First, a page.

What especially interested me was a collection of shiny metal-clad pipes in one of the many low buildings that look like sheds located a few hundred meters away from the main research facility. This tiny room-sized facility looked like a cross between a university chemistry lab and a miniature petrochemical refinery. In reality, the new US$ 6 million pilot project is home to an experiment that sounds crazy – to use carbon dioxide emissions to make plastic.

The experiment is working. I held the soft, small amber bead-like pieces of plastic in my hand. About 43 percent of the feedstock that was used to produce the pieces came from carbon dioxide.

There are a lot of obstacles between this experimental facility and full commercial production. But this is like turning lead into gold. If it could be done on a large commercial scale, it would keep massive amounts of carbon dioxide from escaping into the atmosphere while avoiding the need for expensive and technically challenging solutions like carbon capture and sequestration (CCS). It also, according to SK, has a potential annual market of US$ 25 billion.

It’s too early to say if this will be the sort of business that SK hopes. But this is just one of many ambitious experiments that SK and its competitors are running.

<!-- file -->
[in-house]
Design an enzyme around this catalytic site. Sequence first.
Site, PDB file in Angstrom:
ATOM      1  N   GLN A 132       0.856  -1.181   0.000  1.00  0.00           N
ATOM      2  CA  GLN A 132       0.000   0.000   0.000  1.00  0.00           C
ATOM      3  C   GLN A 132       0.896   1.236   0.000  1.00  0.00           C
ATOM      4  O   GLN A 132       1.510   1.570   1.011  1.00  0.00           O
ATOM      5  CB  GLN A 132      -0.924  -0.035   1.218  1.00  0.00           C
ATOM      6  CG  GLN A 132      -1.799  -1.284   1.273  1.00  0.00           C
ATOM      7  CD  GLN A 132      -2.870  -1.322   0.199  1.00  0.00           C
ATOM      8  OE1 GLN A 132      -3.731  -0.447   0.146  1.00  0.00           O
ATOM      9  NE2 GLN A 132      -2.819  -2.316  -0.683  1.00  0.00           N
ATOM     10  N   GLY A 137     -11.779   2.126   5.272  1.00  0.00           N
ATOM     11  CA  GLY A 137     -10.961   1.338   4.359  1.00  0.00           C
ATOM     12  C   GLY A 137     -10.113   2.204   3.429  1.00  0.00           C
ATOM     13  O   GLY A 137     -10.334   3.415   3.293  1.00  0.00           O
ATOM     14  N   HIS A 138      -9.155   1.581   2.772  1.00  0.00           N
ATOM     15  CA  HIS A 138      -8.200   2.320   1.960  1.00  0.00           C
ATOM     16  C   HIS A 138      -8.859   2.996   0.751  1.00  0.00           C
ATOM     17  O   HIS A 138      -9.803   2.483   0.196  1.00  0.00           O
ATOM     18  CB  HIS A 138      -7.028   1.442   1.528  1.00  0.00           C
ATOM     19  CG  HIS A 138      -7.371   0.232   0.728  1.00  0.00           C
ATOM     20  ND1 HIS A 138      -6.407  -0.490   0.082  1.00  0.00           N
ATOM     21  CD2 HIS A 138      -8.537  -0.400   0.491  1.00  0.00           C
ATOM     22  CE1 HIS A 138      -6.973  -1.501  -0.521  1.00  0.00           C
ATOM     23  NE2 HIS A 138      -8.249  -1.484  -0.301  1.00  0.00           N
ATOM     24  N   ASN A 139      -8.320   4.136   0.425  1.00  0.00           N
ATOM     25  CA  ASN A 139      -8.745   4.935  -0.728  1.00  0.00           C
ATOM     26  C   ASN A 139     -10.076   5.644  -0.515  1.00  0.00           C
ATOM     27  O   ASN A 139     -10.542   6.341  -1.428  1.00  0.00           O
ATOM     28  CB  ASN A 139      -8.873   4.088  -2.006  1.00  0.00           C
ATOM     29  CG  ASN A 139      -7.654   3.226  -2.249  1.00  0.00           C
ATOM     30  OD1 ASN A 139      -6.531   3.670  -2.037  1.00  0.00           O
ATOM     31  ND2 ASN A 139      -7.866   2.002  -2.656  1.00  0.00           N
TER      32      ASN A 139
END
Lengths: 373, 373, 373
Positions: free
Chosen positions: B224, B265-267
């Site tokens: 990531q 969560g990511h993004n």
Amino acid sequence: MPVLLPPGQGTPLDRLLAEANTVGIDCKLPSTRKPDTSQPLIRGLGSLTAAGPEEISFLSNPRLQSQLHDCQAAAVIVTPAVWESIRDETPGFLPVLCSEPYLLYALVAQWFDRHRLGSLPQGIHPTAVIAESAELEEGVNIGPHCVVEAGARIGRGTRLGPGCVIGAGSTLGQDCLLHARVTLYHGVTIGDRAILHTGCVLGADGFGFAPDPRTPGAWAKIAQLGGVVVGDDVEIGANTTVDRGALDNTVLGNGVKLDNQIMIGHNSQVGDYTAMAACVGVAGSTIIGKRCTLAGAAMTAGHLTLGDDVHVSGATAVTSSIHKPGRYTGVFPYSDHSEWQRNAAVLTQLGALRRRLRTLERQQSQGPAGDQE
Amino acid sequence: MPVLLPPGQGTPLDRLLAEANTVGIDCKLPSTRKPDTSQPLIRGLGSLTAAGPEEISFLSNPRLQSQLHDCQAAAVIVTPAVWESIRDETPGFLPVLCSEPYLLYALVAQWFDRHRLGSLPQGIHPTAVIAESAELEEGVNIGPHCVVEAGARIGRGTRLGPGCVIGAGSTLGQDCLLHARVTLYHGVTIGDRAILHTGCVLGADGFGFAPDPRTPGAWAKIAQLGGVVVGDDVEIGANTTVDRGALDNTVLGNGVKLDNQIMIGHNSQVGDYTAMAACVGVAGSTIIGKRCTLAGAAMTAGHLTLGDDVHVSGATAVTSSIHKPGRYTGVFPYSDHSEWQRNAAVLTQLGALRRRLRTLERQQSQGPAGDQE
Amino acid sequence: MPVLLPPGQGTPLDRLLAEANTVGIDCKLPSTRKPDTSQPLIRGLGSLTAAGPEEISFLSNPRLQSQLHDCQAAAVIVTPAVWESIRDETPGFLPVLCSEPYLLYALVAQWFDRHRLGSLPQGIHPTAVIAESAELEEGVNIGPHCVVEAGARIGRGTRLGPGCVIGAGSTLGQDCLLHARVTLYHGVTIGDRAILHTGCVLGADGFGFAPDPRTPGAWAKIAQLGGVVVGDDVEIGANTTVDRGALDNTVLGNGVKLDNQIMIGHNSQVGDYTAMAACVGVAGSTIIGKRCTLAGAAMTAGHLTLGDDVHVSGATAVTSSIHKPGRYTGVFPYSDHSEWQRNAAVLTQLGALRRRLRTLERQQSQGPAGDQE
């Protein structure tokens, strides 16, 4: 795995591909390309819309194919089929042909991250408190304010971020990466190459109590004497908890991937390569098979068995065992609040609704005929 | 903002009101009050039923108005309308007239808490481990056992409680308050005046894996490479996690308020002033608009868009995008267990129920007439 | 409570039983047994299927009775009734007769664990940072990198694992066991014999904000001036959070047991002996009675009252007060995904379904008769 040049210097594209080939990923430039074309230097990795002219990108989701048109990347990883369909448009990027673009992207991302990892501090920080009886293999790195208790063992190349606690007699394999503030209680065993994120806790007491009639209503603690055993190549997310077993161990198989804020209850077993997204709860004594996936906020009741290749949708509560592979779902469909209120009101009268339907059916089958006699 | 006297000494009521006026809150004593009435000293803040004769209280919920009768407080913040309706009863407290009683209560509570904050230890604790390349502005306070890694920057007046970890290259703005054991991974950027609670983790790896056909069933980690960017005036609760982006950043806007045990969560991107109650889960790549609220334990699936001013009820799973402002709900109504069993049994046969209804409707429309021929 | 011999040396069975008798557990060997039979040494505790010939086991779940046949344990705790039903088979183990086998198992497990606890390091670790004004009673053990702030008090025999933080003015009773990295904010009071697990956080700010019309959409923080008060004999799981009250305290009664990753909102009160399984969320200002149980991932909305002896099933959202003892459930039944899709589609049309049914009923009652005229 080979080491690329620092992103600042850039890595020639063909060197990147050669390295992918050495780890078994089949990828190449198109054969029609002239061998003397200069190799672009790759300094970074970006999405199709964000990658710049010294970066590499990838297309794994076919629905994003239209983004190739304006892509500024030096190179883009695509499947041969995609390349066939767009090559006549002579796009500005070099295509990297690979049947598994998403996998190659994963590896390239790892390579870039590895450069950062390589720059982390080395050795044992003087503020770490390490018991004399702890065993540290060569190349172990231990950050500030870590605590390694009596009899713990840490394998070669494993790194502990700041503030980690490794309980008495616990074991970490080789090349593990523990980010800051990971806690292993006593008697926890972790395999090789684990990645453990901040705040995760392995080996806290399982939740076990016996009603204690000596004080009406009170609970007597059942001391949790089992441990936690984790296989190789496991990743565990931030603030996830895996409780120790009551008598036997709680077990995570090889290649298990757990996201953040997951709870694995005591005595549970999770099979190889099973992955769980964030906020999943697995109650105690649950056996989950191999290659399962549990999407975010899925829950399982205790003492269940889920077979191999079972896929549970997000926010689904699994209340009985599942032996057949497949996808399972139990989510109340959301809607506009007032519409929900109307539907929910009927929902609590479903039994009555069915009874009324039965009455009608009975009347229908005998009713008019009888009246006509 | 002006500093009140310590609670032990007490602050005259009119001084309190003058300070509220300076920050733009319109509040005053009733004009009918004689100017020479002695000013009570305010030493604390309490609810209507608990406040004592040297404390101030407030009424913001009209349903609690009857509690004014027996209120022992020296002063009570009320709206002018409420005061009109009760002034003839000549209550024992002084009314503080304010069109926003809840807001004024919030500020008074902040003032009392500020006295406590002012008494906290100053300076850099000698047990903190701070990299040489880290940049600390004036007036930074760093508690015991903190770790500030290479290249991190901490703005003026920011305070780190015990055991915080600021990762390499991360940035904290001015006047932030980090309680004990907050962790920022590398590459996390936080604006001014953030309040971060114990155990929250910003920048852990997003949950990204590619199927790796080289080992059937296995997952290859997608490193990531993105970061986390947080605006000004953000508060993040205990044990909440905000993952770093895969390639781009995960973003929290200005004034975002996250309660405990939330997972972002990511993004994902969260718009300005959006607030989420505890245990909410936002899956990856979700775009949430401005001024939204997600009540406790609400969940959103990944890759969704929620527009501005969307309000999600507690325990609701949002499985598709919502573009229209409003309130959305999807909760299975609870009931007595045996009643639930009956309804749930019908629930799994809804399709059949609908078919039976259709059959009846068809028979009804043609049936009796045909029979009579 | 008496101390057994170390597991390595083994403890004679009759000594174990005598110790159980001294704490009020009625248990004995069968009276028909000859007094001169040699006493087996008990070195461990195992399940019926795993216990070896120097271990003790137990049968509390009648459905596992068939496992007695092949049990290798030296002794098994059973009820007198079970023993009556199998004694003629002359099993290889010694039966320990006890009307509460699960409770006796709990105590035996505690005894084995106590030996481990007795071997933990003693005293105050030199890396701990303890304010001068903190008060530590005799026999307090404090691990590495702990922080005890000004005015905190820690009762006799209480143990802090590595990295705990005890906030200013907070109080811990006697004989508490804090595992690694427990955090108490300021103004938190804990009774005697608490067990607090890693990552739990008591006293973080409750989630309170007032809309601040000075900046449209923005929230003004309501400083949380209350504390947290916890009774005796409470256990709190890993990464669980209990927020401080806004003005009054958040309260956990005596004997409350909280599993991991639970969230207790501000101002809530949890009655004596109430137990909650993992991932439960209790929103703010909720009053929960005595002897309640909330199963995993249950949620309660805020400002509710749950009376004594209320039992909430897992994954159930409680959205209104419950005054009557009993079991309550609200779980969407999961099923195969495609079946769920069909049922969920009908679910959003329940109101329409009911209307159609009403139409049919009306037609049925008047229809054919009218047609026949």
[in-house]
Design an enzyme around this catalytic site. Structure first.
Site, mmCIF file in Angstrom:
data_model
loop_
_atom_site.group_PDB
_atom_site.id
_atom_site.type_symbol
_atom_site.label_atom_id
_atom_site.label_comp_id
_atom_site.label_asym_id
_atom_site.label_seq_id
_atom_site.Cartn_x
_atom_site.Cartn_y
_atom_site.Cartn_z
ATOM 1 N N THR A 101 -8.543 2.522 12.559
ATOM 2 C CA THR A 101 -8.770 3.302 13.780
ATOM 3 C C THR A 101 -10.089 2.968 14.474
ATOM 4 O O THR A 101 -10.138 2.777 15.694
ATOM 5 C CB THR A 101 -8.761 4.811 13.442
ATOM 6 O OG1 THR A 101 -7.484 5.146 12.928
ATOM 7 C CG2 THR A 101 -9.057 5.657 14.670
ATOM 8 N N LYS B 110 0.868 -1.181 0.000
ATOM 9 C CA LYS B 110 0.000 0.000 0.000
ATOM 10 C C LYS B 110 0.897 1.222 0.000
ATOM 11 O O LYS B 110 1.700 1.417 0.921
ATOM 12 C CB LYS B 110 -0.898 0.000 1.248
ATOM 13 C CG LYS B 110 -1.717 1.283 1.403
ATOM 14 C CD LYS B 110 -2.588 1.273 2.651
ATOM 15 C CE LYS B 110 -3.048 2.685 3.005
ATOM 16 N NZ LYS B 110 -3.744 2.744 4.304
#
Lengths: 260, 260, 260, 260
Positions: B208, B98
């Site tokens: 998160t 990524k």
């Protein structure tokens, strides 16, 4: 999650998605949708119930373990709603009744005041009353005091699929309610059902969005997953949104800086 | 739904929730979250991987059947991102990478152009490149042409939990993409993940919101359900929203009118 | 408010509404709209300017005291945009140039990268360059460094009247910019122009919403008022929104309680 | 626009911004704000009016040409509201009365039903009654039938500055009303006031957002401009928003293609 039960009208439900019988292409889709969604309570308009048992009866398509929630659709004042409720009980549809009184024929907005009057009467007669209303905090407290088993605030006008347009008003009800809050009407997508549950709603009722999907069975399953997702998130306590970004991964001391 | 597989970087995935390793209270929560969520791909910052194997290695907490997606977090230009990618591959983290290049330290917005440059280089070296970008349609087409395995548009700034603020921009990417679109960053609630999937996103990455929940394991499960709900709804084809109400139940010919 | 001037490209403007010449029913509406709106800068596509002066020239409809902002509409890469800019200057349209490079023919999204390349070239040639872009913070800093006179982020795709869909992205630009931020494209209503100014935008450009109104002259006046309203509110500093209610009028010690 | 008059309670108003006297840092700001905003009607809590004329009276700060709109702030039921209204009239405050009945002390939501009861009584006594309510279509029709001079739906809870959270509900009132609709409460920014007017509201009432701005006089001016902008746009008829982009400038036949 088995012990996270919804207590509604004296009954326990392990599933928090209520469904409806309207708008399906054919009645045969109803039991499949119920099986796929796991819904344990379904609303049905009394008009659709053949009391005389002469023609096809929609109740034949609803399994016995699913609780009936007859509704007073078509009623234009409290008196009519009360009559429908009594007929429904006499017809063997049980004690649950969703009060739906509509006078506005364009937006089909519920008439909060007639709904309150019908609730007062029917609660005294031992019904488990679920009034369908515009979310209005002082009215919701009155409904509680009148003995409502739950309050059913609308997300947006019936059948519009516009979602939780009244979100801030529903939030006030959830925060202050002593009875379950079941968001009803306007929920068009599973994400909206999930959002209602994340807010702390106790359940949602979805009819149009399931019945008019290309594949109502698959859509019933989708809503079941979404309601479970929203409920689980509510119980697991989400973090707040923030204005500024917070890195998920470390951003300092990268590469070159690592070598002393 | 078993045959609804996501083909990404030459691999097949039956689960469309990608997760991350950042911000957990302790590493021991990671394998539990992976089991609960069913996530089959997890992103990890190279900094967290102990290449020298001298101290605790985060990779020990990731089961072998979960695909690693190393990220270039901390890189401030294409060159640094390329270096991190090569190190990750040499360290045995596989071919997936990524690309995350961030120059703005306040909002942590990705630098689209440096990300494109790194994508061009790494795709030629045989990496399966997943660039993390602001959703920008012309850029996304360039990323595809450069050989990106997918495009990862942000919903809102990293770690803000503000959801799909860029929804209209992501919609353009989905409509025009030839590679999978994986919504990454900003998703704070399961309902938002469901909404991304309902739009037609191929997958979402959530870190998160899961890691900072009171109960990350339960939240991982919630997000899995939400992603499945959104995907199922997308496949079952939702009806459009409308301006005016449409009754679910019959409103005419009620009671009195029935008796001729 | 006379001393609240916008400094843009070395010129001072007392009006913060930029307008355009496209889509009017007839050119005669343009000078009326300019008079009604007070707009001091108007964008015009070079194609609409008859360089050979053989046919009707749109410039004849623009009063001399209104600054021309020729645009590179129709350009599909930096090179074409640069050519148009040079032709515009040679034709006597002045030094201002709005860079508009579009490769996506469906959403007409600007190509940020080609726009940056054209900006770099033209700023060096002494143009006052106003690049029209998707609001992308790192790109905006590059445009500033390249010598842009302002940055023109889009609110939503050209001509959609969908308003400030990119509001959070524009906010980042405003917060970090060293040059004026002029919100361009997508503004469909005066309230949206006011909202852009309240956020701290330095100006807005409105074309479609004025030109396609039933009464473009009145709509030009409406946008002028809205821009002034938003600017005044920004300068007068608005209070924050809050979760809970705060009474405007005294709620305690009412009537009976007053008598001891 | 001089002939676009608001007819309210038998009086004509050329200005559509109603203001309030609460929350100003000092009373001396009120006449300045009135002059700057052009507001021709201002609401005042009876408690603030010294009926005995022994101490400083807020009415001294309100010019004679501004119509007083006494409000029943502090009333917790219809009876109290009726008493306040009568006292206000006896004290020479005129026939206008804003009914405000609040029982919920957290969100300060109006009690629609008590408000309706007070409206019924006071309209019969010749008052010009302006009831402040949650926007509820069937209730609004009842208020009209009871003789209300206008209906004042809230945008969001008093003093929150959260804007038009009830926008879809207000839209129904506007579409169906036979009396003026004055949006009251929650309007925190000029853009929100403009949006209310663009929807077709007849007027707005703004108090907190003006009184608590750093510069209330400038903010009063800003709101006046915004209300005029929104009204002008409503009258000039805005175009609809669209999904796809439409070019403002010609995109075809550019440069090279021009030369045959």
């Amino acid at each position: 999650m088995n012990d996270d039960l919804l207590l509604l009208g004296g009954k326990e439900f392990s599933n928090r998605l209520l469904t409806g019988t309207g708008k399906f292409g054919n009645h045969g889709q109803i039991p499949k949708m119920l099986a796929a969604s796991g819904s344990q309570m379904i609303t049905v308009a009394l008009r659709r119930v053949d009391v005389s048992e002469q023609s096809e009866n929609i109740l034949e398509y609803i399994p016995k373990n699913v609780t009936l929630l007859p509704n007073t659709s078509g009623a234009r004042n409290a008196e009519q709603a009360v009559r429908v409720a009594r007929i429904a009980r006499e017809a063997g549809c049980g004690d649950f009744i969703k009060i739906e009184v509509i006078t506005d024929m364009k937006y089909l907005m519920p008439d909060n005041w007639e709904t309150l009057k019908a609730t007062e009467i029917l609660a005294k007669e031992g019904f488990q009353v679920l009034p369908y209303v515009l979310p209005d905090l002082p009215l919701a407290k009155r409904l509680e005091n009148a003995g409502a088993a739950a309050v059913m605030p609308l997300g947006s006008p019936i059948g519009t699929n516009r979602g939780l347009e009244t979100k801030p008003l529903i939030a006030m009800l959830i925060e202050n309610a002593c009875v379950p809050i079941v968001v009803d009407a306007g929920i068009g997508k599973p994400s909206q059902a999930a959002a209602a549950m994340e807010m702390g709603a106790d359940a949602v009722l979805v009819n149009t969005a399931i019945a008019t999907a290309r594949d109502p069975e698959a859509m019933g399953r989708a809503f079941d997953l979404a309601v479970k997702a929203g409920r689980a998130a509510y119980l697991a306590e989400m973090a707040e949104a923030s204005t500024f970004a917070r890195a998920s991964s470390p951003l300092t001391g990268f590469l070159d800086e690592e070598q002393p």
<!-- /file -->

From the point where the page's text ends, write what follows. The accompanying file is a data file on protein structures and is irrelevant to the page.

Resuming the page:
The move to a low-carbon economy is going to catapult a new set of winners into economic frontrunners. China, Korea and Japan are among those countries best-poised to capitalize on this revolution. They have the manufacturing, engineering and research base to take advantage of the new green economy. All have supportive government policies. All have ample public and private money. All of them are sizable economies which give manufacturers a good base of potential consumers.

None of these countries have the free-wheeling entrepreneurial environment of Silicon Valley, which allocates cash quickly and generously to start-ups. But we are entering a new world. It will be a world of new technologies and newly-dominant companies. This is a world in which Korea, Japan and China are particularly well-positioned to prosper.

Originally published in Caixin. Can be accessed at